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Web Site Redesign Increases Appointments, Leadership Interest

Marianne Aiello, for HealthLeaders Media, March 3, 2010

A successful Web site redesign is not an easy feat to pull off—something Temple University Hospital knows all too well. The process involves extensive (and often frustrating) researching, strategizing, and testing. These tribulations paid off for Temple, which won a platinum award in the direct-to-consumer category at the 2009 HealthLeaders Media Marketing Awards.

Temple felt its previous Web site was outdated in design, content, and functionality. At the start of the redesign process, marketers researched user behavior, analyzed competing sites, and developed best practices.

"In terms of strategic approach, the Internet was viewed as a provider selection channel, not just a communications channel," Temple wrote on their entry submission form. "Both in terms of content and design, the new Web site was developed to emphasize program and physician capabilities, and facilitate online appointment requests."

Hospital marketers also paid special attention to search engine optimization in order to attract prospective patients who search for related content on Google and other search engines. They then worked to fill the site with content.

"In order to connect with prospective patients and showcase the services and expertise provided at Temple University Hospital, the new Web site offers robust content, including streaming videos featuring patient testimonials, doctors in action, and vitual tours of hospital facilities and programs," they wrote. Other updates included a new internal search engine, a News Line with service line-specific news items, and an updated application that allows patients to submit requests for appointments with physicians 24/7."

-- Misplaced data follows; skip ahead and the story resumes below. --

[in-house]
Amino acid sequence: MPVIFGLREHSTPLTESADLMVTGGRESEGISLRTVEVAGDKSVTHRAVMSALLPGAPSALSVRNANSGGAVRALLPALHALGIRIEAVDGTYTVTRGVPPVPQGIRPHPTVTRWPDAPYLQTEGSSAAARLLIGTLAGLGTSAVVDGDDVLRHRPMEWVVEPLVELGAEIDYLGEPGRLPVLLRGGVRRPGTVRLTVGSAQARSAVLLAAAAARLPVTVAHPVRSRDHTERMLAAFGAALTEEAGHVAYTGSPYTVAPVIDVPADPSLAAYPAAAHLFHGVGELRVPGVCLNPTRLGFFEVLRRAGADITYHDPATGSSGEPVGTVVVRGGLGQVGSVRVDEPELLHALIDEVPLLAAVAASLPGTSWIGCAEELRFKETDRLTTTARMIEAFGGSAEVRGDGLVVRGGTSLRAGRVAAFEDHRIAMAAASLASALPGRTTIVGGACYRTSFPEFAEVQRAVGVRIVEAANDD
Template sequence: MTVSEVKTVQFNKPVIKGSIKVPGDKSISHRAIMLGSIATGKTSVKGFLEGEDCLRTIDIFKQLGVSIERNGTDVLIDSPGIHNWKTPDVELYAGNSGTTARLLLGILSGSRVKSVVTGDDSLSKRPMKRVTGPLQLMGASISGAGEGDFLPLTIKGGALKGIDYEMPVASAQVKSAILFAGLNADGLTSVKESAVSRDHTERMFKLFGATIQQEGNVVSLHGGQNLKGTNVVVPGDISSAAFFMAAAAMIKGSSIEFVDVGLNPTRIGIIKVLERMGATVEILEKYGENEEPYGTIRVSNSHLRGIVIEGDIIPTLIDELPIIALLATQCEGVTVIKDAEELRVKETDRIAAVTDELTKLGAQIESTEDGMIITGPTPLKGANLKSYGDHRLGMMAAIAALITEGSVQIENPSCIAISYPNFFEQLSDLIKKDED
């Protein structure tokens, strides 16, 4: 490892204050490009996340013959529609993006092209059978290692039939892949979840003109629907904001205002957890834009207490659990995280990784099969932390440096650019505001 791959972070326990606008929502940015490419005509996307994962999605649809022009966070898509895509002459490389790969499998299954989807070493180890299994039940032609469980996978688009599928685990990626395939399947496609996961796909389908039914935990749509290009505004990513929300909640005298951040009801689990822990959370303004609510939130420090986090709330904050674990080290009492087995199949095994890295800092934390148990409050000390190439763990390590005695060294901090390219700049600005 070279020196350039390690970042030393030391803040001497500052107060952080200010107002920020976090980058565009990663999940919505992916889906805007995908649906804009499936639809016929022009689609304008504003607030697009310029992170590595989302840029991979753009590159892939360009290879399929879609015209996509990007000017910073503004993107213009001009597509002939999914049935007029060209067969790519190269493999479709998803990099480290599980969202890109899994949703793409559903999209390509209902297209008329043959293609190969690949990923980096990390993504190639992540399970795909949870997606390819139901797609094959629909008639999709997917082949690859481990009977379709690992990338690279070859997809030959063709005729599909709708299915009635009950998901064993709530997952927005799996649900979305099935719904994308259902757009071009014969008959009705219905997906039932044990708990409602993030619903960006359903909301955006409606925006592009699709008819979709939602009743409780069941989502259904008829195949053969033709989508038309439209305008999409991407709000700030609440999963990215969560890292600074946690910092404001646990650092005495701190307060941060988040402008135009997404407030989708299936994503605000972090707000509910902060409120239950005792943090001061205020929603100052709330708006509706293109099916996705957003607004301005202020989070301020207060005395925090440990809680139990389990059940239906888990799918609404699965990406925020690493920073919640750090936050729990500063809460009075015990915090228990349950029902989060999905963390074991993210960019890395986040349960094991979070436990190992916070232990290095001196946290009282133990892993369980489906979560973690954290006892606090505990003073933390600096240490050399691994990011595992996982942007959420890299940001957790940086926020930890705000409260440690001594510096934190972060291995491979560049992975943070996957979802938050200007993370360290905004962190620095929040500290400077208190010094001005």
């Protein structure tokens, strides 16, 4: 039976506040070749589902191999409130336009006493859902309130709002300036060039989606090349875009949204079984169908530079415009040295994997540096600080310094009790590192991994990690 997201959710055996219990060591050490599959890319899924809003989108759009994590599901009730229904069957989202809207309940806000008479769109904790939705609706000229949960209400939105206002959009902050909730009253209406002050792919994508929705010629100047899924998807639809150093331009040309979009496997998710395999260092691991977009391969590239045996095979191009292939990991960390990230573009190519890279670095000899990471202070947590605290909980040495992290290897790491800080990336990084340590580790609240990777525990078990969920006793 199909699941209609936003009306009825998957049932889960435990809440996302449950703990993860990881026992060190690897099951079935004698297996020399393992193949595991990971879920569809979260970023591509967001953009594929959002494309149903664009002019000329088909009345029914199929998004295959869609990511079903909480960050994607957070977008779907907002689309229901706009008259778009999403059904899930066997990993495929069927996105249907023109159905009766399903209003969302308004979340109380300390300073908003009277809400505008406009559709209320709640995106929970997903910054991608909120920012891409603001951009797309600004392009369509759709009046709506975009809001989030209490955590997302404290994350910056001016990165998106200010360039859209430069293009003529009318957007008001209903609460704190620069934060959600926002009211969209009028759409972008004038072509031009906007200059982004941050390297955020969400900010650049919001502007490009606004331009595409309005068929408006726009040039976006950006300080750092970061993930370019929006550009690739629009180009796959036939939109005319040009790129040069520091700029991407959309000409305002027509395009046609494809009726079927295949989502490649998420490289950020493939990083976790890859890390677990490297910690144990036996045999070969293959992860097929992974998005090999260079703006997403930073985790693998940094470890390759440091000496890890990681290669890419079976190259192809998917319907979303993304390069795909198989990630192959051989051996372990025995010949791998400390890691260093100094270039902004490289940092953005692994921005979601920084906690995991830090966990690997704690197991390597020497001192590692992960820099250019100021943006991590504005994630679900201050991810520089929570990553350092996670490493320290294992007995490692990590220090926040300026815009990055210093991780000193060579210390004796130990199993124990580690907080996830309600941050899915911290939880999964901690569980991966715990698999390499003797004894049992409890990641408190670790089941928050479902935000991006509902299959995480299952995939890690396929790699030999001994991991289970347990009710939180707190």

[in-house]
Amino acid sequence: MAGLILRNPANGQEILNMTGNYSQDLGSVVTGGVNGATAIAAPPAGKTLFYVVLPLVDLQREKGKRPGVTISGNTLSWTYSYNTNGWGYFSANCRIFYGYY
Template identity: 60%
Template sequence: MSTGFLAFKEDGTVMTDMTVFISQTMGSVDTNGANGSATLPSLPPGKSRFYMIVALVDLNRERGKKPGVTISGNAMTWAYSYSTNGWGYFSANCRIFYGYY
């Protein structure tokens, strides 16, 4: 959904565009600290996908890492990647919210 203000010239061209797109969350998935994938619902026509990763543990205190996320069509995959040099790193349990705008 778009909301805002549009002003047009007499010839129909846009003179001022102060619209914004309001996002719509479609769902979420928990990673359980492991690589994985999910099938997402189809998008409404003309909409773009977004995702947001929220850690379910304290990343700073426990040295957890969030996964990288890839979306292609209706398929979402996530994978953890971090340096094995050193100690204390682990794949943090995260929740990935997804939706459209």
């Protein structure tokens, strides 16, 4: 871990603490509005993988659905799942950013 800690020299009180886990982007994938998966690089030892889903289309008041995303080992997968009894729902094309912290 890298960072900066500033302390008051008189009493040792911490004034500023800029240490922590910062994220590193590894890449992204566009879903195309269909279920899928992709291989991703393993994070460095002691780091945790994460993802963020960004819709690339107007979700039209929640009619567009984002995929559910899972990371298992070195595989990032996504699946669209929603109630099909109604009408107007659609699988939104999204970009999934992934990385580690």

Temple's meticulous work paid off after the site launched and email appointment requests jumped 20% with no additional marketing. And the results didn't trail off—seven of the following nine months had the highest volume of Web-based appointment requests in the hospital's history.

Soon after the new site launched, Temple began a pay-per-click campaign, which, along with SEO efforts, resulted in a lower cost per new patient appointment than from other marketing efforts, and a very high payer mix.

"The improved look and successful results of the Web site have demonstrated to the Temple University Health System organization the importance of funding Web-based marketing initiatives," marketers wrote. "Medical staff and leadership of all Temple University health System entities are now eager to roll-out their own Web site overhauls."